In America, the concept of “more is better” is prevalent, if not emphasized. We are the only place in the world where a 64-ounce soft drink option at a gas station is commonplace. Oh yeah, not to mention that Adam Richman wouldn’t have a job if it weren’t for gallon-sized milkshakes and 4 ½ lb steaks.
That being said, our brunch at Bosco’s in Hillsboro Village was a refreshing break from the norm. Moderation was the word of the day and quality definitely won out over quantity.
Pierce: Sweet Tea ($2), Eggs Benedict with grits ($7.50)
Kristen: Orange Juice ($2), Prosciutto and Cheese Omelet with fruit cup ($7.50)
Service time: 11 minutes and 26 seconds.
First Impression: We’ve been to Bosco’s for dinner a couple times before—and it was a surprise to us when we discovered they had brunch! (A pleasant surprise, at that.) Bosco’s is known for its in-house brew—so its slightly hard to imagine it as a popular brunch place. But when we arrived at around 11:30 a.m., the place was packed. We were still able to get a seat at a high bar table right away.
The Main Event: This was where Bosco’s really set itself apart from other restaurants. Instead of loading up the menu with gobs of potatoes, eggs, and meats, Bosco’s took the more elegant route. Most of the menu items only came with a fruit cup or grits.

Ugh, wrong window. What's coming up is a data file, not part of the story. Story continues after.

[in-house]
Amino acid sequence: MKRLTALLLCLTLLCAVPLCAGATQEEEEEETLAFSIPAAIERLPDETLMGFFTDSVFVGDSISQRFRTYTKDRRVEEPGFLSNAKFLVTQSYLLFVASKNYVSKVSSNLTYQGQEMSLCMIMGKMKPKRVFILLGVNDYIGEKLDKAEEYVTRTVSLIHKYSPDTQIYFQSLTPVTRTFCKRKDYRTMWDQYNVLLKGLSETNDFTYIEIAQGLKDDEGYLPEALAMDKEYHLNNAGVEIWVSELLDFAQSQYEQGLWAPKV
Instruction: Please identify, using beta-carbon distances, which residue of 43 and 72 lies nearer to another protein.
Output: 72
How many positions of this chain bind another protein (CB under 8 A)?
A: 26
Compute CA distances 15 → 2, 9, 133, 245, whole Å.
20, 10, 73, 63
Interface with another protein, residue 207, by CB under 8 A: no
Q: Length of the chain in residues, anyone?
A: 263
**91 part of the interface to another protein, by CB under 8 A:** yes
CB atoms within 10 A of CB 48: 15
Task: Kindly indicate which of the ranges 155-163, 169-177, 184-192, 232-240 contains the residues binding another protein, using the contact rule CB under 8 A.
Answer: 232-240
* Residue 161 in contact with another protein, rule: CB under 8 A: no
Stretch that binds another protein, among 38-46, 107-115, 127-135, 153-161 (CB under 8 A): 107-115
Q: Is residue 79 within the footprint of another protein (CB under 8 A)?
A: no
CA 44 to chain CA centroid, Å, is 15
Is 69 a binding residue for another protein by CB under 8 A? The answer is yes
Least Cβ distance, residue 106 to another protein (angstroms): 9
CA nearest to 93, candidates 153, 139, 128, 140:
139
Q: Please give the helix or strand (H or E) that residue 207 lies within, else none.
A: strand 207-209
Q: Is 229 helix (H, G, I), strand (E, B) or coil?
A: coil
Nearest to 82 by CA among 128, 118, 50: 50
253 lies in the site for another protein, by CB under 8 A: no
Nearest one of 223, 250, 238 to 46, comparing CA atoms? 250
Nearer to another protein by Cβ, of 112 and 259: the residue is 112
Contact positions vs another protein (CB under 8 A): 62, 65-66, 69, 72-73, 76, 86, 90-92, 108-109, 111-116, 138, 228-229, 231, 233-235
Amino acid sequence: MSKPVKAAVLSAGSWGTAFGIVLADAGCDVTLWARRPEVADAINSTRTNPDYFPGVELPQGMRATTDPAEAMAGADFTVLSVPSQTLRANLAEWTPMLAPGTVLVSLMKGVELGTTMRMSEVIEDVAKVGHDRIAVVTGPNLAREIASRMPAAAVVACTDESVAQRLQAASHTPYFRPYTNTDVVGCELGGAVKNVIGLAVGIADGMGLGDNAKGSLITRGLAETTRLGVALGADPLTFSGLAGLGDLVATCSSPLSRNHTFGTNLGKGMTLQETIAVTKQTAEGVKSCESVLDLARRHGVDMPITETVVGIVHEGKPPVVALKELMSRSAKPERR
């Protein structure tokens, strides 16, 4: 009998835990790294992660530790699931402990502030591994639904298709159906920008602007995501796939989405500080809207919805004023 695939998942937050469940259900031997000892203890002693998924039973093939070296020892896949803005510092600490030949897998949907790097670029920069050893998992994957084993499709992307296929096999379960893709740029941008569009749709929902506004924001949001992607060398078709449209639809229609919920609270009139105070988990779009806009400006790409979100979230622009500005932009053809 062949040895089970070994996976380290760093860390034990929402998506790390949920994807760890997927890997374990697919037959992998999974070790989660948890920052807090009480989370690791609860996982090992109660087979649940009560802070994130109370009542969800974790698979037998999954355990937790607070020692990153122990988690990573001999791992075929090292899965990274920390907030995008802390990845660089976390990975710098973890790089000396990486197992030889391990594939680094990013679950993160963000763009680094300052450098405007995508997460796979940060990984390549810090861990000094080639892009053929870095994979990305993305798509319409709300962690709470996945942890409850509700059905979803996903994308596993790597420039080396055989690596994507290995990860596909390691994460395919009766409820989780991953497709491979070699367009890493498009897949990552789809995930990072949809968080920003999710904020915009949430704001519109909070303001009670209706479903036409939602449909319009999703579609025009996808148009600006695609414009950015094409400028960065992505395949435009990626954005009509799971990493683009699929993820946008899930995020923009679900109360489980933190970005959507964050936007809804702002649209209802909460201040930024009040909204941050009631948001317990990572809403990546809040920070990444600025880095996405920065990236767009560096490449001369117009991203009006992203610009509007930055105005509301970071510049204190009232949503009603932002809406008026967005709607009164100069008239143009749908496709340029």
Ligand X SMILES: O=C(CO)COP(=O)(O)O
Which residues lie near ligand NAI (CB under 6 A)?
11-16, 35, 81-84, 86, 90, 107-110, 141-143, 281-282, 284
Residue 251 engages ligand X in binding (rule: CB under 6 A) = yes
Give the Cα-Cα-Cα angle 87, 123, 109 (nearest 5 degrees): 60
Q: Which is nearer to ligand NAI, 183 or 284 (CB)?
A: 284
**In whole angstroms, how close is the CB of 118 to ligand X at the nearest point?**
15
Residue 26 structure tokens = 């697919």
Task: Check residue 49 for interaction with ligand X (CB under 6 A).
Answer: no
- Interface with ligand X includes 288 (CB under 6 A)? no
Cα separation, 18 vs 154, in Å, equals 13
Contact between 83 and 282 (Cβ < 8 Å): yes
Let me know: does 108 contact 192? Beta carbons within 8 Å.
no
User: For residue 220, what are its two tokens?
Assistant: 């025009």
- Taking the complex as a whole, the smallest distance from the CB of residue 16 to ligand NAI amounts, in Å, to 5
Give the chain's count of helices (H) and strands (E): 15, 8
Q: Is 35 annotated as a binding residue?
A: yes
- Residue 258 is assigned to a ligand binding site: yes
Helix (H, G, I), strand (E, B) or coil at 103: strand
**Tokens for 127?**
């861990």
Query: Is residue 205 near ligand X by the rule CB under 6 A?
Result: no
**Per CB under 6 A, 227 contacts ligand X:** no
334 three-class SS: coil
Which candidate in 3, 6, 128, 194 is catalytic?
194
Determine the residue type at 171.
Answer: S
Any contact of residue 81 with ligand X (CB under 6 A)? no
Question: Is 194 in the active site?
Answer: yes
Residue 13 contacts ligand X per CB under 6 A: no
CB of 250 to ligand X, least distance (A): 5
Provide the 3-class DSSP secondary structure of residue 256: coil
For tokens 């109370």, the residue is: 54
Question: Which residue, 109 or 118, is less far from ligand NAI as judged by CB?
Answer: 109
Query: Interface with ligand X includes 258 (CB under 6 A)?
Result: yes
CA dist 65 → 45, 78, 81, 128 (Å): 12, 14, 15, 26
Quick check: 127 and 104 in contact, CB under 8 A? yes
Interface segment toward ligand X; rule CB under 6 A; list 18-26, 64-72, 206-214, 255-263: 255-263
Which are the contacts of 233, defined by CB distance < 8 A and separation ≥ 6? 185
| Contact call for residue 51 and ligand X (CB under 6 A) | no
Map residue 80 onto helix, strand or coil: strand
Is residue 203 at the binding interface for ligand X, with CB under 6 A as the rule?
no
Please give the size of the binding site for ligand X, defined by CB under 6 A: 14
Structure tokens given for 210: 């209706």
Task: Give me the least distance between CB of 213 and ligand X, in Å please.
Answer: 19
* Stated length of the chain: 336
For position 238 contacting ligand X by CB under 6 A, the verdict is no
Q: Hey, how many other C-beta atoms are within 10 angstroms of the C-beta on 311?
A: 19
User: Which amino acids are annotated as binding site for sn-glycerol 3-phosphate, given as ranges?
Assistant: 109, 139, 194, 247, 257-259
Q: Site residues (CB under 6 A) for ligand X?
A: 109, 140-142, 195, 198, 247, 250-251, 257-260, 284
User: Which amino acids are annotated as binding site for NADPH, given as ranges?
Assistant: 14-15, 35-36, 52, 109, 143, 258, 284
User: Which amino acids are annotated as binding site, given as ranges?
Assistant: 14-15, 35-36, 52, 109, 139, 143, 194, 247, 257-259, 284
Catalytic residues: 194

Kristen ordered a prosciutto and artichoke omelet, minus the artichokes. The eggs were just fluffy enough and the two types of cheeses—ricotta and parmesan—were both rich and tasty. The omelet wasn’t bursting with prosciutto ham, but that’s to be expected with the higher quality of meat. The portion was still satisfying.
Pierce’s eggs Benedict plate was a mere shadow of the one he enjoyed two weeks ago at Dalts. This one had more time and effort put into it. The hollandaise was relatively subtle, but perfectly creamy. The tasso grits appeared to be soupy at first glance—and while they were “lighter” than most thick grits, the departure was welcomed.
The Aftermath: Today was another first! Kristen actually finished her entire plate—for the first time since this blog launched a month ago. For once, the portions weren’t out of this world heavy. This brunch was light, sure, but it didn’t leave anything to be desired, either.
So if you want a brunch that is elegant, cheaply priced, and won’t hold you over until breakfast the next day, Bosco’s is the place for you. Achievement through simplicity and modesty—America, take note!
Bonus tips: Belmont and Vandy students get 15 percent off for the Sunday Jazz Brunch! The band plays from noon to 3.
4.25/5 Syrup Crocks